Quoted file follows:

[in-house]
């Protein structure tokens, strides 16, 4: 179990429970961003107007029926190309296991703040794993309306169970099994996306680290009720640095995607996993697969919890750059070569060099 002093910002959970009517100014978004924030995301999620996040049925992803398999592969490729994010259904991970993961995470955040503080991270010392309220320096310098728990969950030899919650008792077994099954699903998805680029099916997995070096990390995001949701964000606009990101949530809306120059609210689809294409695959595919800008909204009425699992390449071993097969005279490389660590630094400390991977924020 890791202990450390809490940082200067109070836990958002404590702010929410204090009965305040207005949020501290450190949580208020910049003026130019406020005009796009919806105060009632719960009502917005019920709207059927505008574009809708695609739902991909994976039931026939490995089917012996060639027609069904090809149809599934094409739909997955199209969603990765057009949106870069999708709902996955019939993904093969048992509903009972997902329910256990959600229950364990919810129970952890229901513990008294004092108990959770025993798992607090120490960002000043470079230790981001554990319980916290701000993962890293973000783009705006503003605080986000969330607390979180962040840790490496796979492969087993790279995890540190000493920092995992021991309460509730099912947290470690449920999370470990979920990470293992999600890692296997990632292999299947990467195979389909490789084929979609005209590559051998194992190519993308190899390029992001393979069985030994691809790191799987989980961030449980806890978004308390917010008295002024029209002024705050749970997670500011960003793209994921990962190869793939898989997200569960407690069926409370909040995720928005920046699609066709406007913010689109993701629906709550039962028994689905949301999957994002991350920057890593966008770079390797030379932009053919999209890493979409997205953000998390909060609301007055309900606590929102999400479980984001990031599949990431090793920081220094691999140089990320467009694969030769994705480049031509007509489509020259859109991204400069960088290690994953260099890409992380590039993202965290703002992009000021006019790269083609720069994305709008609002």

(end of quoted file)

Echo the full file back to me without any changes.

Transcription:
[in-house]
């Protein structure tokens, strides 16, 4: 179990429970961003107007029926190309296991703040794993309306169970099994996306680290009720640095995607996993697969919890750059070569060099 002093910002959970009517100014978004924030995301999620996040049925992803398999592969490729994010259904991970993961995470955040503080991270010392309220320096310098728990969950030899919650008792077994099954699903998805680029099916997995070096990390995001949701964000606009990101949530809306120059609210689809294409695959595919800008909204009425699992390449071993097969005279490389660590630094400390991977924020 890791202990450390809490940082200067109070836990958002404590702010929410204090009965305040207005949020501290450190949580208020910049003026130019406020005009796009919806105060009632719960009502917005019920709207059927505008574009809708695609739902991909994976039931026939490995089917012996060639027609069904090809149809599934094409739909997955199209969603990765057009949106870069999708709902996955019939993904093969048992509903009972997902329910256990959600229950364990919810129970952890229901513990008294004092108990959770025993798992607090120490960002000043470079230790981001554990319980916290701000993962890293973000783009705006503003605080986000969330607390979180962040840790490496796979492969087993790279995890540190000493920092995992021991309460509730099912947290470690449920999370470990979920990470293992999600890692296997990632292999299947990467195979389909490789084929979609005209590559051998194992190519993308190899390029992001393979069985030994691809790191799987989980961030449980806890978004308390917010008295002024029209002024705050749970997670500011960003793209994921990962190869793939898989997200569960407690069926409370909040995720928005920046699609066709406007913010689109993701629906709550039962028994689905949301999957994002991350920057890593966008770079390797030379932009053919999209890493979409997205953000998390909060609301007055309900606590929102999400479980984001990031599949990431090793920081220094691999140089990320467009694969030769994705480049031509007509489509020259859109991204400069960088290690994953260099890409992380590039993202965290703002992009000021006019790269083609720069994305709008609002």